Senate finally agrees to more help for 9/11 survivors
The Senate voted this week to rescue a depleted federal fund aimed at helping emergency workers and other 9/11 survivors, breaking a bitter impasse on Capitol Hill. The 97-2 vote comes five months after the September 11th Victim Compensation Fund’s administrator said that 20,000 new claims from 2016 to 2018 would force major cuts in awards. Some 32,000 first responders have been diagnosed with respiratory and digestive tract illnesses caused by toxic dust at Ground Zero; 9,000 have developed cancer, and more than 1,000 have died of causes linked to their 9/11 efforts. The legislation, which passed the House last month, extends funding to 2092, providing $10.2 billion to pay claims in the next 10 years. Republican Sens. Rand Paul of Kentucky and Mike Lee of Utah dissented, citing spending concerns. President Trump is expected to sign the bill.
The House and Senate votes rekindled a long-running partisan fight ignited when the fund was reopened in 2011 and then replenished in 2015. Rep. Carolyn Maloney (D-N.Y.) wore a firefighter’s jacket for months to push for a House vote. When Paul blocked the bill last week, comedian Jon Stewart, who has championed the first responders’ fight for years on TV and, recently, in congressional hearings, branded his actions an “abomination.” Said retired NYPD Detective Luis Alvarez, before he died from Ground Zero–related cancer last month at 53, “This fund is not a ticket to paradise. It is there to provide for our families when we can’t.”
What the columnists said
Stewart has “gotten conspicuously angry in public twice,” said Charles Pierce in Esquire.com. The first time, he got Crossfire canceled. This time, “he got this bill passed.” But he had assistance, not from the “typical group of professional lobbyists” but from “sick and dying people asking for help.” It took their relentless activism to get the Senate to act. If it had been up to Paul, they would have been left to “choke on their own blood.”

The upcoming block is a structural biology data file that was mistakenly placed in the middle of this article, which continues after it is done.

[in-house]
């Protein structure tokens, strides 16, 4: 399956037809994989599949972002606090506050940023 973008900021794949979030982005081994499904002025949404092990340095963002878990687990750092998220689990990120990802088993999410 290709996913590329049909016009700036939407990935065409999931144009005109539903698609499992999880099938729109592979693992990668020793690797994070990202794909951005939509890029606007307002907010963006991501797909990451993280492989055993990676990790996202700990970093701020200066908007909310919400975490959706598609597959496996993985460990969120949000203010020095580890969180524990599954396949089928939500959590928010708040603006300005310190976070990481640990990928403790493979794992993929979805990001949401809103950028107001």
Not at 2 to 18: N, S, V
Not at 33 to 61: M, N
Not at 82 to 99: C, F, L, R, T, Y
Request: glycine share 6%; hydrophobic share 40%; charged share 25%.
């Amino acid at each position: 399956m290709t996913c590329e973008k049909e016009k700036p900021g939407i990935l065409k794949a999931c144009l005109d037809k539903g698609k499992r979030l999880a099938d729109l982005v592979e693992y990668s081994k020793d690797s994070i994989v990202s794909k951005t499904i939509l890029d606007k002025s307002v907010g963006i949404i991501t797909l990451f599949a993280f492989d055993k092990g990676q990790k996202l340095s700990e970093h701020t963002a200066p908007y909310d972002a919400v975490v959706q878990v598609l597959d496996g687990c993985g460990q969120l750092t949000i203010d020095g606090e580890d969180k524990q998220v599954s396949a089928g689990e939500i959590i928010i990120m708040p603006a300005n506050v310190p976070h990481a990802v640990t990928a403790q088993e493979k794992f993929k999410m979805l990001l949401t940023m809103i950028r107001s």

Paul is being reviled when he should be applauded, said Brad Polumbo in WashingtonExaminer.com. “We’re now approaching $1 trillion deficits during a boom economy.” It’s reasonable for him to propose an amendment to offset the extra spending with cuts elsewhere. But he’s become the target of “a vicious smear” suggesting he’s single-handedly trying to deny our heroes health care. Paul’s endgame was never killing this bill. But it’s symbolic of Washington, D.C.’s profligacy that even asking the question where the money will come from makes you a villain.
The Senate stepped up, said the New York Daily News in an editorial. Now only President Trump’s signature remains. He’ll sign it because, as a New Yorker, the president “knows well the price the heroes have paid” for their Ground Zero service. They roamed in a cloud of pulverized computer equipment, steel, electrical wiring, asbestos, glass, and concrete. Within months, “once hearty men grew wizened and frail.” Many died. “It was their last sacrifice for their city,” and America is right to repay it.